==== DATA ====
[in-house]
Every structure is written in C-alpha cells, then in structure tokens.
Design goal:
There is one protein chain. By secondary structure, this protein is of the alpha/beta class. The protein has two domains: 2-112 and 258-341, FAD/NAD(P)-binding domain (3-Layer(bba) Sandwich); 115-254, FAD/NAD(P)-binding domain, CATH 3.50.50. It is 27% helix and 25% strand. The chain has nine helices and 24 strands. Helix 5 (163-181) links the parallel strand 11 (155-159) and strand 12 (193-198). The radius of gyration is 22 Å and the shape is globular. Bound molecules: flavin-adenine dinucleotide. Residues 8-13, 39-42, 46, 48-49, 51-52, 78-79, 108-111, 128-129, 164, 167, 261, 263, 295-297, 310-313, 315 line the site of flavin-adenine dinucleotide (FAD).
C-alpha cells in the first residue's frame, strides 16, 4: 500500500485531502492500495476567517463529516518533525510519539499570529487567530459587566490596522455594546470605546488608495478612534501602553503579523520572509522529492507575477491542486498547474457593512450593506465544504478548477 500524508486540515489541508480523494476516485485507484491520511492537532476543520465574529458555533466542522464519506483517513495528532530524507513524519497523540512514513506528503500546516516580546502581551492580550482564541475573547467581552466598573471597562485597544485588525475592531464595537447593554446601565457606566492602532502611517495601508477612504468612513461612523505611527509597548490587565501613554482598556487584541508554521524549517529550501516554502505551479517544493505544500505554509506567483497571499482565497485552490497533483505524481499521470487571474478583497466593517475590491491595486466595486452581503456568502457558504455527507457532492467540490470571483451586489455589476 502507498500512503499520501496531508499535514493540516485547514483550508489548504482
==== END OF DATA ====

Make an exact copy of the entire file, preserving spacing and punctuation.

[in-house]
Every structure is written in C-alpha cells, then in structure tokens.
Design goal:
There is one protein chain. By secondary structure, this protein is of the alpha/beta class. The protein has two domains: 2-112 and 258-341, FAD/NAD(P)-binding domain (3-Layer(bba) Sandwich); 115-254, FAD/NAD(P)-binding domain, CATH 3.50.50. It is 27% helix and 25% strand. The chain has nine helices and 24 strands. Helix 5 (163-181) links the parallel strand 11 (155-159) and strand 12 (193-198). The radius of gyration is 22 Å and the shape is globular. Bound molecules: flavin-adenine dinucleotide. Residues 8-13, 39-42, 46, 48-49, 51-52, 78-79, 108-111, 128-129, 164, 167, 261, 263, 295-297, 310-313, 315 line the site of flavin-adenine dinucleotide (FAD).
C-alpha cells in the first residue's frame, strides 16, 4: 500500500485531502492500495476567517463529516518533525510519539499570529487567530459587566490596522455594546470605546488608495478612534501602553503579523520572509522529492507575477491542486498547474457593512450593506465544504478548477 500524508486540515489541508480523494476516485485507484491520511492537532476543520465574529458555533466542522464519506483517513495528532530524507513524519497523540512514513506528503500546516516580546502581551492580550482564541475573547467581552466598573471597562485597544485588525475592531464595537447593554446601565457606566492602532502611517495601508477612504468612513461612523505611527509597548490587565501613554482598556487584541508554521524549517529550501516554502505551479517544493505544500505554509506567483497571499482565497485552490497533483505524481499521470487571474478583497466593517475590491491595486466595486452581503456568502457558504455527507457532492467540490470571483451586489455589476 502507498500512503499520501496531508499535514493540516485547514483550508489548504482